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Columnists
Issue 1368
medicine balls
With M.D.: "The annual conference of the NHS Confederation is where politicians from all sides present their big ideas for health and social care. In the one before an election there is usually tedious point-scoring, but this year Jeremy Hunt, Andy Burnham and Norman Lamb all agreed that the service faces massive challenges, that health and social care need to be joined as a single system and – having just gone through the biggest reforms in NHS history – it will require further massive reform to do this…”
eye tv
With Remote Controller: "Network TV executives… are prone to see the fable of the golden goose not as a warning against greed but as a business plan: any profitable franchise is undermined by being over-mined. As if five weekly episodes of Coronation Street weren’t enough, the producers now, wherever possible, fill the half-hour slots between the Monday and Friday double-headers with behind-the-scenes docs…”
[Review of Gail & Me: 40 Years on Coronation Street and Farewell Tina (both ITV)]
keeping the lights on
With Old Sparky: “Has the UK government made a massive blunder with its future energy policy? It is based on a bet that gas prices will rise indefinitely, but signs from the industry suggest quite the opposite.…”
nooks and corners
With Piloti: "Thanks to the efficiency of Glasgow’s fire service, the blaze [at Glasgow School of Art] was contained. The school authorities are now upbeat, saying most of the structure and 70 percent of the contents survived; the lecture theatre was only partially damaged and the archives are safe. What the school is not saying is that the store room above the library was also destroyed. This contained paintings by Mackintosh’s wife, Margaret Macdonald, as well as furniture. The Charles Rennie Mackintosh Society says that more than a hundred pieces by Mackintosh are gone – as are all the rare books that were in the library. Nor is the school saying that managers were repeatedly warned about the fire danger…”
music and musicians
With Lunchtime O’Boulez: "There are things the Southbank Centre gets right – such as last year’s modern music season, The Rest is Noise – but it also gets things wrong, and never more so than its mismanaged, muddled plans to renovate the Queen Elizabeth Hall (QEH), Purcell Room and Hayward Gallery. These have dragged on for years but entered a new state of chaos last week with the announcement that £24m would be spent on ‘repairs and maintenance’ – of buildings that are scheduled for a complete overhaul in the near future…”
books and bookmen
With Bookworm: "The Telegraph has been running extracts from Bryony Gordon’s memoirs, The Wrong Knickers – thus revealing to shocked readers (Sir Herbert and Lady Gussett) that one of the paper’s top columnists spent much of the past decade boozed out of her brains and hopping into bed with unsuitable men. Happily this dissolute life came to an end when she settled down to motherhood and marriage with a chap named Harry. Who he? The Telegraph serialisation did not say – understandably enough, since he is in fact the paper’s former banking editor Harry Wilson, who resigned last month…”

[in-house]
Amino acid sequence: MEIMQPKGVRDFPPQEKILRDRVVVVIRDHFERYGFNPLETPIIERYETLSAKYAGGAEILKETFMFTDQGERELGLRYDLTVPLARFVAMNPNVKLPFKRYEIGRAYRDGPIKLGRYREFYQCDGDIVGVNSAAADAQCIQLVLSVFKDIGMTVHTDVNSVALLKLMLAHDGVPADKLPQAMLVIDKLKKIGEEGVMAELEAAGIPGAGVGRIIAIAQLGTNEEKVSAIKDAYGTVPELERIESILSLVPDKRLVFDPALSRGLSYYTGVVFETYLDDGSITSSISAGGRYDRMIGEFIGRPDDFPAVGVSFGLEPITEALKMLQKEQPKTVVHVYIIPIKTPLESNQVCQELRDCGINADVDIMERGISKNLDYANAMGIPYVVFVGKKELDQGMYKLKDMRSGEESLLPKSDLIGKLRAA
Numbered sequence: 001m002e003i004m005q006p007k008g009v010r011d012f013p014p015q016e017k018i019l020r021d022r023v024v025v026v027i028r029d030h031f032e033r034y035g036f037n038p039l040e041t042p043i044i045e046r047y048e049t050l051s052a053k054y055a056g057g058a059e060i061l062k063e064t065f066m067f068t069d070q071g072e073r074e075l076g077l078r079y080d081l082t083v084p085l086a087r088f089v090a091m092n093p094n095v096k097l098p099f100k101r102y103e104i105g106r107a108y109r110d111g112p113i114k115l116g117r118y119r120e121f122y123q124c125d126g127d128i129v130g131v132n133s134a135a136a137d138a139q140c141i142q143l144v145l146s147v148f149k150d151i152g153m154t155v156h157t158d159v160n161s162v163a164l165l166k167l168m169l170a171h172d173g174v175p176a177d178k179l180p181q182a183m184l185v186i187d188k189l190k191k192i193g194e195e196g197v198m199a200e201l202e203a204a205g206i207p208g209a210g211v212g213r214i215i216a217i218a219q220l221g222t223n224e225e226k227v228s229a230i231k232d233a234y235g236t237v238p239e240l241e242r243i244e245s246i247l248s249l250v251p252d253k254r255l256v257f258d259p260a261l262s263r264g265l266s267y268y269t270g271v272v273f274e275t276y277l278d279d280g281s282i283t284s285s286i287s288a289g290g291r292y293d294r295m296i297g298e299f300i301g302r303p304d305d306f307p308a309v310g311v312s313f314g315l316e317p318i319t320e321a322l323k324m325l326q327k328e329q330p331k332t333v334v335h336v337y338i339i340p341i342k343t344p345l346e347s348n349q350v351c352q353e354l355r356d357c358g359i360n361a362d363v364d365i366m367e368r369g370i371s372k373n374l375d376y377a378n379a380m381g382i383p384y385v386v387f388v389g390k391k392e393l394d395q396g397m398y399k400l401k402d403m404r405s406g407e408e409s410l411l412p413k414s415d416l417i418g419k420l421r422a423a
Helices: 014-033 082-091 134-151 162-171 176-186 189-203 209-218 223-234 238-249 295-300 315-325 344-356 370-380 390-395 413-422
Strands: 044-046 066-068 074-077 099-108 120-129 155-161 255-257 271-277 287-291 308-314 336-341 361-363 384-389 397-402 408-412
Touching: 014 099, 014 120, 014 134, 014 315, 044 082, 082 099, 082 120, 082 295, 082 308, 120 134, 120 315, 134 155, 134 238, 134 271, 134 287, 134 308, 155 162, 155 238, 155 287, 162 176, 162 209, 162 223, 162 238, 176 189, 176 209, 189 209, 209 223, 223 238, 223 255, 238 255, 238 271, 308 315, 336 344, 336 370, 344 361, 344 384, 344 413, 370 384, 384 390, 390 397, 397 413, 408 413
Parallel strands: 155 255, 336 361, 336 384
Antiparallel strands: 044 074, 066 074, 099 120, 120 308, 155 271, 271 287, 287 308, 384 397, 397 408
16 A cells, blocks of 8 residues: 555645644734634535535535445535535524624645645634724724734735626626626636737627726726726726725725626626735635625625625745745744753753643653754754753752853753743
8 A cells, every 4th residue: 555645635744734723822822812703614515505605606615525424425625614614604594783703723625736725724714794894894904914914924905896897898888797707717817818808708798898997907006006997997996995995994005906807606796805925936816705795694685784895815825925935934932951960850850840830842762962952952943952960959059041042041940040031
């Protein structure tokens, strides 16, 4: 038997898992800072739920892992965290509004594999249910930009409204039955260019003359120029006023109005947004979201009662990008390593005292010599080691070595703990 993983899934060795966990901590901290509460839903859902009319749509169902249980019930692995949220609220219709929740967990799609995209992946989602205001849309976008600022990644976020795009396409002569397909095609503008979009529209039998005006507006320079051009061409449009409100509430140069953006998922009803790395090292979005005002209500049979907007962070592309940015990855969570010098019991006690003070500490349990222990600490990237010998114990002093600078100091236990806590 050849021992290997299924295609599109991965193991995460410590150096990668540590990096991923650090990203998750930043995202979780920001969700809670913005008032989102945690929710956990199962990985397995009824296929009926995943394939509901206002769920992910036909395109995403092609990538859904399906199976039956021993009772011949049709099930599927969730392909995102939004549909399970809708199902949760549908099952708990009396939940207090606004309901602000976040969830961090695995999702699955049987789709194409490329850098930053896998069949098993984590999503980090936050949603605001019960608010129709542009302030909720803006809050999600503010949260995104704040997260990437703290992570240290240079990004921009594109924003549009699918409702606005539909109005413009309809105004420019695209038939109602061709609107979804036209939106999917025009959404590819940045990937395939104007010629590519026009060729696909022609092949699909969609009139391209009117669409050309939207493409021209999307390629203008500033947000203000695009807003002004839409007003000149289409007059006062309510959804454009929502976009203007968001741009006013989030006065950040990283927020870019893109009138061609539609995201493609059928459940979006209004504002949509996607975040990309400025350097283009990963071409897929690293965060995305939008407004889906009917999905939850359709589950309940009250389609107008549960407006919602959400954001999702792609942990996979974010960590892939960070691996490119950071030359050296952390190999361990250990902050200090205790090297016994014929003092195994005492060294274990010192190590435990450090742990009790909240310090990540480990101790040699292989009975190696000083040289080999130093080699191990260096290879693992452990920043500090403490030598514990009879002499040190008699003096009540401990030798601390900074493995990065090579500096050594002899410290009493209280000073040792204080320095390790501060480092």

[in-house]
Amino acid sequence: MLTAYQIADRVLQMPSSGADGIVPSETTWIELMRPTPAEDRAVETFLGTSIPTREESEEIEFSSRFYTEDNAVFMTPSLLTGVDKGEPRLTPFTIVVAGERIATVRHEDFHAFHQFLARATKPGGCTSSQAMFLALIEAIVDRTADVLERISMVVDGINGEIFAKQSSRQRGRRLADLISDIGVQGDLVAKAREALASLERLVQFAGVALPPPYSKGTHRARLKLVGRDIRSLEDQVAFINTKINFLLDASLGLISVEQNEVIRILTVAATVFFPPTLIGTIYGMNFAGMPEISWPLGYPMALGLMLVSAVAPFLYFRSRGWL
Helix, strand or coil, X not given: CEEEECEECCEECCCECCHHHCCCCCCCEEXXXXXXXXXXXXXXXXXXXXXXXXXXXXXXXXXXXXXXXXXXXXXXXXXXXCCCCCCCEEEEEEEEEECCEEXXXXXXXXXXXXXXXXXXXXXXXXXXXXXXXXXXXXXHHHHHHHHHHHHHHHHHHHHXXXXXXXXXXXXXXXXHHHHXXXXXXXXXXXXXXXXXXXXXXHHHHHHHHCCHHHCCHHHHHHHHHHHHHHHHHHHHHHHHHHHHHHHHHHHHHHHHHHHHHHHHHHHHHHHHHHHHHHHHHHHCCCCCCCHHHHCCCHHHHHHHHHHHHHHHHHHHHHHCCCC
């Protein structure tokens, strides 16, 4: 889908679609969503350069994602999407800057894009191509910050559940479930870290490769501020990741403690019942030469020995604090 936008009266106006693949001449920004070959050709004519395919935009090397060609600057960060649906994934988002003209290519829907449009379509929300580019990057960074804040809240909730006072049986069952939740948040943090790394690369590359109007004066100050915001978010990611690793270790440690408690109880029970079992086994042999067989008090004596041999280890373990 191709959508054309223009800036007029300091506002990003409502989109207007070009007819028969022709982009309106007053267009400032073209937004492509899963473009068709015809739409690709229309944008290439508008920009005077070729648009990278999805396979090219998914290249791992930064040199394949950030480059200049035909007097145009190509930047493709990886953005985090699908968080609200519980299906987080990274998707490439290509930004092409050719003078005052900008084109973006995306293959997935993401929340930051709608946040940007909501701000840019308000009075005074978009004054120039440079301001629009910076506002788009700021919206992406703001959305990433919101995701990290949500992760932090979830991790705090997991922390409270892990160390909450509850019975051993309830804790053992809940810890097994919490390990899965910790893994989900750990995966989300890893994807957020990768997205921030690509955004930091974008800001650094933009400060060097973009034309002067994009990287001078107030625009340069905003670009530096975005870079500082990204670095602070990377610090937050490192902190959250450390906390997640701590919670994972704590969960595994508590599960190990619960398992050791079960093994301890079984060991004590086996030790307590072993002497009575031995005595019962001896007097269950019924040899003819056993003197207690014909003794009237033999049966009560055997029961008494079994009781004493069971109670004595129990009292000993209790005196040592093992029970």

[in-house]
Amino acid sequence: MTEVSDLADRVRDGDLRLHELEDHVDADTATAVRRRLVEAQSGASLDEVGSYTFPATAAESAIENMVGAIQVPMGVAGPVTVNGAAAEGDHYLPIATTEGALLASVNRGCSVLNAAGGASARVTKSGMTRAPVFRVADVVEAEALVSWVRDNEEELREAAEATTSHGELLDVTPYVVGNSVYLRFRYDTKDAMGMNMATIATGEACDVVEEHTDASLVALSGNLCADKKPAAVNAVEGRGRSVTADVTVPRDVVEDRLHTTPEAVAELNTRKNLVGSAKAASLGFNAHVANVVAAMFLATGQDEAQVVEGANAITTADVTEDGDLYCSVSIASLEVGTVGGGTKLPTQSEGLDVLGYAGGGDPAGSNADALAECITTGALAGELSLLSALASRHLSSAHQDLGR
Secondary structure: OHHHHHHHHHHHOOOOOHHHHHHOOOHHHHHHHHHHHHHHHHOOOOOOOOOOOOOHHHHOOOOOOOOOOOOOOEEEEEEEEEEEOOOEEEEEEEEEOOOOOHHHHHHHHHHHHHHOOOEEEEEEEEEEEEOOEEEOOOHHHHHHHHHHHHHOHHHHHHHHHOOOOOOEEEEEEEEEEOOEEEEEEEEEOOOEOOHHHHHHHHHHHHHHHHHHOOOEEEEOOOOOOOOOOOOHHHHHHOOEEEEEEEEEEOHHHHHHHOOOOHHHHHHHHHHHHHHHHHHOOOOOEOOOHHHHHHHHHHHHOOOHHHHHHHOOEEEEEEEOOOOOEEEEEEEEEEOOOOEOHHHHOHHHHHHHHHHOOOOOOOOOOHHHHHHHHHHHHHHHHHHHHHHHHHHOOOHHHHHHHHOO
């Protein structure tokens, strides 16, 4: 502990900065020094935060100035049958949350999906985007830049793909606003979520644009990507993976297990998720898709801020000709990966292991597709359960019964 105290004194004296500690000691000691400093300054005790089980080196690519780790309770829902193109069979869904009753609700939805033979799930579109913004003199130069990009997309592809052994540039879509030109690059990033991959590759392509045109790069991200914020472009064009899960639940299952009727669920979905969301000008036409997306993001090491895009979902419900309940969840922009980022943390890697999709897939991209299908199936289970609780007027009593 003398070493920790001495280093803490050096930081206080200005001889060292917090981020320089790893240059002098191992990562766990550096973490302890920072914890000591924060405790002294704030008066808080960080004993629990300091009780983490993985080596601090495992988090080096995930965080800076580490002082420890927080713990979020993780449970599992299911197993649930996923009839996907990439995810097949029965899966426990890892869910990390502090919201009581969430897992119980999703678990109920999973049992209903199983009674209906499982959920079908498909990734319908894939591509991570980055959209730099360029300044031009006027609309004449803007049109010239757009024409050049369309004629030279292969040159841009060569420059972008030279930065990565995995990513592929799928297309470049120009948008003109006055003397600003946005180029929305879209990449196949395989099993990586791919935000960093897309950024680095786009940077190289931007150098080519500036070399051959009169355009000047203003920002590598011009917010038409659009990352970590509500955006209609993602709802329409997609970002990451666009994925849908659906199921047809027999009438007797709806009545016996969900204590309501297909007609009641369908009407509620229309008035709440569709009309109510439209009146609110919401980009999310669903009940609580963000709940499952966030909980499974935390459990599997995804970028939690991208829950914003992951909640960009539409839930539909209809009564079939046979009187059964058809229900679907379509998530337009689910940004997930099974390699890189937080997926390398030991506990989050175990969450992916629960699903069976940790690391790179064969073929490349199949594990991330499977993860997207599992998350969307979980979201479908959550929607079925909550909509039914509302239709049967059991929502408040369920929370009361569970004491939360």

in the city
With Slicker: "Chancellor George Osborne was expected to use his annual Mansion House speech… to tell the banker audience there will be tighter new controls on the otherwise unregulated $5trn-a-day global foreign exchange market, one of the City’s biggest earners. The Treasury’s hand has been forced by the ever-widening global investigation into suspected manipulation of key benchmark currency rates. This follows evidence of similar rigging of the Libor inter-bank lending rate (a series of criminal trials are set for next year) and, more recently, the daily London gold price. All three benchmarks are foundations of the City’s pre-eminence…”
Letter from Bangkok
From Our Own Correspondent: "
Ah, the reassuring presence of khaki on the capital’s streets, martial music and the return of our patriotic armed forces to save us Thais yet again from ourselves – a duty and tradition they have performed at least once every decade since we became a constitutional monarchy in 1932. General Prayuth Chan-ocha, the army chief, has stepped in after more than six months of protests in central Bangkok. And it looks as if he is in no hurry to move on…”
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Next issue on sale:
22nd July 2014.
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Private Eye Issue 1368
private eye Only In The Magazine

The Richard Dawkins Book of Children’s Stories No One Wants Read to Them… China Remembers 25th Anniversary of Nothing At All… Birmingham Academies and the three Rs – Reading, Writing and Radicalisation… Those Blair/Bush Letters Chilcot Is Too Scared to Publish… Bryony Gordon’s Diary, as told to Craig Brown

And also...

- Sharia compliance: How the Law Society aids discrimination against Muslim women
- Gas alert! Why UK energy policy seems to be based on a massive blunder
- War studies: Academics vie for MoD money to take the right line on the Afghan war
For all these stories you can buy the magazine or subscribe here and get delivery direct to your home every fortnight.
Next issue on sale: 22nd July 2014.

Private Eye Issue 1367
gnitty